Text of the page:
Vinorelbine is a drug that can be administered either as monotherapy, or in combination with cisplatin or carboplatin, either intravenously or orally.
In association with cisplatin, it represents the standard of adjuvant chemotherapy, i.e. postoperative, the treatment used in patients undergoing surgery, to reduce a possible risk of relapse.
Potential side effects of Vinorelbine
Temporary reduction of bone marrow function. The main side effect is neutropenia, which is the decrease in neutrophils; however, it is reversible and not cumulative; the decrease in platelets (thrombocytopenia) and anemia are rarer. Vinorelbine may also cause a tendency to develop bruising, bleeding and infections. Reduced bone marrow function may occur approximately seven days after drug administration, usually reaching minimum values 10-14 days after chemotherapy. The blood cell counts start to rise constantly and normalizes within 21-28 days usually.
The blood cell counts decreases according to the dose of vinorelbine you receive and any other drugs with which chemotherapy is given with. The oncologist can tell you the chances your blood cell count will decrease following chemotherapy. You will undergo periodic blood tests to check bone marrow function.
If the temperature rises above 38° C or if you develop bruising or bleeding without apparent reason, or if you suddenly do not feel well even if the temperature is normal, immediately contact the oncologist or hospital.
Constipation. It is usually good to drink a lot, follow a high fiber diet and exercise lightly. Sometimes laxatives can be used, which the oncologist will have no difficulty prescribing for you.
Diarrhea. It can be easily controlled with medication but inform the oncologist if it is severe or persistent. In case of diarrhea, you have to drink a lot to replenish lost fluids.
Numbness or tingling in the hands and feet. It is determined by the action of vinorelbine on the nerves. Most cancer patients are not affected by this effect, but if this occurs, it is still mild. You may notice that you have difficulty buttoning your clothes. If you experience a numbness or tingling sensation in your hands or feet, inform the oncologist. The situation gradually improves within a few months after the end of the treatment.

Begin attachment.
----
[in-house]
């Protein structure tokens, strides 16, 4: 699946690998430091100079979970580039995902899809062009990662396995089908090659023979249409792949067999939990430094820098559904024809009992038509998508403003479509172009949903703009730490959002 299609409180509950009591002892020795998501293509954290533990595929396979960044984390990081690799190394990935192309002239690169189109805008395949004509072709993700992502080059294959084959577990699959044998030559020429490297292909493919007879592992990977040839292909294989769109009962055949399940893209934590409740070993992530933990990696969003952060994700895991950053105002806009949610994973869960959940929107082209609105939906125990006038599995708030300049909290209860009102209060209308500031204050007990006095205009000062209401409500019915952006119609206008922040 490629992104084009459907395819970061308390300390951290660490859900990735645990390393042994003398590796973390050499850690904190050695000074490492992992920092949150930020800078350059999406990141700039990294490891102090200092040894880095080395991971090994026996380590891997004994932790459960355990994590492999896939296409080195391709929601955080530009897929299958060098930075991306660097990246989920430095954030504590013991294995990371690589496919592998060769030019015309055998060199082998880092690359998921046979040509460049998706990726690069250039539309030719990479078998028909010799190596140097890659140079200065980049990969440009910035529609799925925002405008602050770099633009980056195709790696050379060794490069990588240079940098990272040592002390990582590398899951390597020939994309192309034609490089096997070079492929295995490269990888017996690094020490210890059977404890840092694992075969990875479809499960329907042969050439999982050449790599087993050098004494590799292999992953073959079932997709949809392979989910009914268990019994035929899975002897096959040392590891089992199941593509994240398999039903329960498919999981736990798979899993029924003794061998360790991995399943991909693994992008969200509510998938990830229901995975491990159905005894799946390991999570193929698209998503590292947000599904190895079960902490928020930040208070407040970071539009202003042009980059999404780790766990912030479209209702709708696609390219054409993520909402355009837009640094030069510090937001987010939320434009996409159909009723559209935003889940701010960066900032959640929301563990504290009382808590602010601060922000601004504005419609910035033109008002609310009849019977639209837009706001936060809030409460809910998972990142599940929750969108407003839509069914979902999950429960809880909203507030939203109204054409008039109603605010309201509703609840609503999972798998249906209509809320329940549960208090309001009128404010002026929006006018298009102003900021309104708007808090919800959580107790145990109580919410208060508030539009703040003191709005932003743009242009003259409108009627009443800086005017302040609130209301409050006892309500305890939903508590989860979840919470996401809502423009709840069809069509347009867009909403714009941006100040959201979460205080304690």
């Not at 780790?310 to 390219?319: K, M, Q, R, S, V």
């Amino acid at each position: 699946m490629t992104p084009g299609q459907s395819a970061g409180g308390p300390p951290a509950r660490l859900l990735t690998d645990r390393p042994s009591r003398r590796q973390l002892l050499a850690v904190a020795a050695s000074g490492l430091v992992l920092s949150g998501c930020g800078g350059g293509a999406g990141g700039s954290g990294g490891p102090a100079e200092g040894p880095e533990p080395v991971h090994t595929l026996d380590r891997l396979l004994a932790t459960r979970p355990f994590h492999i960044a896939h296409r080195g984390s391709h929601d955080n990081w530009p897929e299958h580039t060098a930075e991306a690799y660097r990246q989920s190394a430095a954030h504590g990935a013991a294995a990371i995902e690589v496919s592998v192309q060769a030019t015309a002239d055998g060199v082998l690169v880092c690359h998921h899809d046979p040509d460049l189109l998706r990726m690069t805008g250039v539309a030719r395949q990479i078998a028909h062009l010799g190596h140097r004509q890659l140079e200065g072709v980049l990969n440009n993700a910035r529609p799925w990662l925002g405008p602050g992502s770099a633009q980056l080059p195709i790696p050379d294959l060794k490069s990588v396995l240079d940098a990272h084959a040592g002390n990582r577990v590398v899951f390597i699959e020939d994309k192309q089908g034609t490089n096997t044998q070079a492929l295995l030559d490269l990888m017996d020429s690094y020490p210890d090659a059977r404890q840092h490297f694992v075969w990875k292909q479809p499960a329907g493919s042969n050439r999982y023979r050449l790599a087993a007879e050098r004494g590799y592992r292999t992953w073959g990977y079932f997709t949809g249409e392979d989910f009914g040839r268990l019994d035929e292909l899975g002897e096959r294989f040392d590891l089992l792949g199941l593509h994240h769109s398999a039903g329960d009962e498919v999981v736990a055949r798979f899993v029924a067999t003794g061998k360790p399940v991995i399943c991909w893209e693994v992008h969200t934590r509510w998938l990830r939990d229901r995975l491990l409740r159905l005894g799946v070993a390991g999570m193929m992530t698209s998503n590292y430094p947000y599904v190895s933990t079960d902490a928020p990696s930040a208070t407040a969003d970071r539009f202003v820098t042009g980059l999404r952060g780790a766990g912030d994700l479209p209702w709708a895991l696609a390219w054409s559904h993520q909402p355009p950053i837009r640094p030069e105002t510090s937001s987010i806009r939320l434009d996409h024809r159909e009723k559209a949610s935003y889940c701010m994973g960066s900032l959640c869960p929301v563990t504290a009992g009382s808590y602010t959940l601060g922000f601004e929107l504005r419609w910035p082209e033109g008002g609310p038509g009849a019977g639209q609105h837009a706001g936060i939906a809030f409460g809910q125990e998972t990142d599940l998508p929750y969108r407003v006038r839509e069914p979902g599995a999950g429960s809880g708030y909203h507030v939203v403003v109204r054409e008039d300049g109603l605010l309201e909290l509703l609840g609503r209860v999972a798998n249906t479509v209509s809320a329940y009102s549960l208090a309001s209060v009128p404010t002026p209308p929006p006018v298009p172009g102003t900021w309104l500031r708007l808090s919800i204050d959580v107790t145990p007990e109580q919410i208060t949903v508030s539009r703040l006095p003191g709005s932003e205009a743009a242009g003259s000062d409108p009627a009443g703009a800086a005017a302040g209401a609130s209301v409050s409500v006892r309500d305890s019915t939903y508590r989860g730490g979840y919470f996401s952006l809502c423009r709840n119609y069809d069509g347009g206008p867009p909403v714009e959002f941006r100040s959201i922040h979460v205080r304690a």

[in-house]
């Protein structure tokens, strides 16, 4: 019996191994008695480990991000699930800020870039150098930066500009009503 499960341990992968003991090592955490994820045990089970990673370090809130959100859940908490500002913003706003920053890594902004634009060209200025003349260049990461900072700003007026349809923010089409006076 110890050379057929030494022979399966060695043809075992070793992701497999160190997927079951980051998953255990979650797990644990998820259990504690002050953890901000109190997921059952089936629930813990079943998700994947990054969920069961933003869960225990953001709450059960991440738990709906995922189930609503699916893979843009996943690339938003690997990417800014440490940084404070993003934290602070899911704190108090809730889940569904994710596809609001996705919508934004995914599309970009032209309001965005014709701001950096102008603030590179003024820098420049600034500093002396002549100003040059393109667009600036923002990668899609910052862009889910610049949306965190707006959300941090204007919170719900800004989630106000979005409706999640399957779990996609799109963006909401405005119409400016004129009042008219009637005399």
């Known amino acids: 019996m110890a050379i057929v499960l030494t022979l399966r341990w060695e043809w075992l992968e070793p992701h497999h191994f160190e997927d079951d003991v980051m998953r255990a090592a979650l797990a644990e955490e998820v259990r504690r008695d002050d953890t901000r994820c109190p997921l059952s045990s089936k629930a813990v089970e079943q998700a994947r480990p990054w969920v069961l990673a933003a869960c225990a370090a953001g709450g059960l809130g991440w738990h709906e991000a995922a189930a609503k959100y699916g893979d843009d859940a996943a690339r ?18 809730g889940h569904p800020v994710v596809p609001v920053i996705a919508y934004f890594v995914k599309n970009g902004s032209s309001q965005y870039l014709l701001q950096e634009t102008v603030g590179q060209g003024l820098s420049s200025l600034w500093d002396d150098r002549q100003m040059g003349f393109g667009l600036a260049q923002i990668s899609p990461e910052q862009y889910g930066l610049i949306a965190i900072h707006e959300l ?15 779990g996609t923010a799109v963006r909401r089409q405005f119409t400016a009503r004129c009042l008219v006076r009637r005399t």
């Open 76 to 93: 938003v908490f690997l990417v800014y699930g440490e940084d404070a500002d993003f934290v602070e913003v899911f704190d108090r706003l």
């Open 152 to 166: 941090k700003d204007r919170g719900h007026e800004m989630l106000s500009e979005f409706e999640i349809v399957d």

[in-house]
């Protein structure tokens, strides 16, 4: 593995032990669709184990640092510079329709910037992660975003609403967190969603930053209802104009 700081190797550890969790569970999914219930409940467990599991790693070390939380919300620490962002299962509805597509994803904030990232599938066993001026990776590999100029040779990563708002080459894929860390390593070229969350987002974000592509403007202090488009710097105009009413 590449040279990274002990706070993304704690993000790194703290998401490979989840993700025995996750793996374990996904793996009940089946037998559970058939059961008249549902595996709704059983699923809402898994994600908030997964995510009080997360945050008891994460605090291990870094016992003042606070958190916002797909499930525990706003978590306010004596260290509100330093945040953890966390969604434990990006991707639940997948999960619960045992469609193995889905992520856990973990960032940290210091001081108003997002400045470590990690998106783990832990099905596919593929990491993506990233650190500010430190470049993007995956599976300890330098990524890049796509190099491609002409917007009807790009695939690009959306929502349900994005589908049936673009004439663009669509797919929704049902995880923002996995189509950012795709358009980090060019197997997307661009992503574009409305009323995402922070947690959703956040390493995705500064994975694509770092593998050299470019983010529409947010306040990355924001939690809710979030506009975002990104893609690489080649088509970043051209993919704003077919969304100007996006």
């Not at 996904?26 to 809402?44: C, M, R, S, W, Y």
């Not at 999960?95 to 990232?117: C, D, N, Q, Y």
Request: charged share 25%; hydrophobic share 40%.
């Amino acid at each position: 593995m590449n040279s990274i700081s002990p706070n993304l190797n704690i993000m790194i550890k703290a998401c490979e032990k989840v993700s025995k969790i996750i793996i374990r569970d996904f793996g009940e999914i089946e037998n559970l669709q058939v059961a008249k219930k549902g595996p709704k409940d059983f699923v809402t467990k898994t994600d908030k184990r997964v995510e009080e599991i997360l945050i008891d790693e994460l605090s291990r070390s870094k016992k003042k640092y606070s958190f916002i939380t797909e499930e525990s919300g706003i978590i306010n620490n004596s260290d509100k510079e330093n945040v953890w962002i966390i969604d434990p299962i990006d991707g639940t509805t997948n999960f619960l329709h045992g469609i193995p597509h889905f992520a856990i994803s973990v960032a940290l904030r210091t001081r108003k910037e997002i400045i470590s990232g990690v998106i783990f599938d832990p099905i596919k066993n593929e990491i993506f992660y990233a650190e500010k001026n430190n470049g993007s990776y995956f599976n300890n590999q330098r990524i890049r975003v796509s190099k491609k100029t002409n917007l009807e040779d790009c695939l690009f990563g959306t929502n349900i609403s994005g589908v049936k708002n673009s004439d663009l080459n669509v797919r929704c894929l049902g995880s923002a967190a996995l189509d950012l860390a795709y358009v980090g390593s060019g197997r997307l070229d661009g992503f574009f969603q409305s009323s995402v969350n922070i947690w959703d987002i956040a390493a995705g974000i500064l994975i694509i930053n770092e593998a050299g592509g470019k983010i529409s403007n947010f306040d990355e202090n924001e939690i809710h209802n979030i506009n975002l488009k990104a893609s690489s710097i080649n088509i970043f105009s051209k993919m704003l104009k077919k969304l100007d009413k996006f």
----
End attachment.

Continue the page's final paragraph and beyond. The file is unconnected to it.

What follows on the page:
Less frequent side effects
Nausea and vomiting. They usually occur in a mild form. Anti-emetics are very effective drugs that can prevent or significantly reduce nausea and vomiting. If the nausea is not controllable or persists, inform the oncologist, who will not hesitate to prescribe another more effective antiemetic.
Hair loss. Complete hair loss is rarely found (in about 10% of cases); more commonly, the hair thins out. In the event of hair loss, it usually develops 3-4 weeks after the first dose of vinorelbine is administered, but it may also occur earlier. In any case, it is a temporary phenomenon: the hair will grow back once the treatment is complete.
Allergic reactions. Signs of an allergic reaction include rash and itching, rising temperature, chills, flushing, dizziness, headache, shortness of breath and more frequent urination. You will be monitored during treatment to detect any signs of an allergic reaction. Inform the oncologist or nurse if you notice any signs.
Leakage of liquid from the puncture site. If vinorelbine escapes from the puncture site during administration, it can damage the surrounding tissue. If you experience pain or burning in the area around the puncture site or around the vein, or if you notice a leak, tell the oncologist or a nurse immediately. If the area around the puncture site appears to be irritated or swollen, inform the oncologist or a nurse in the ward or, if you are at home, call the hospital and ask to speak to one of them.
Fertility. The drug can affect the ability to conceive. It is important that you deal with fertility problems with the oncologist before treatment begins.
Contraception. It is not advisable to start a pregnancy or conceive a child if you are being treated with vinorelbine, as the drug could compromise fetal development. Again, discuss it openly with the oncologist.
Some medicines may interfere with each other when you are on chemotherapy. For this reason, consult the oncologist before taking other drugs.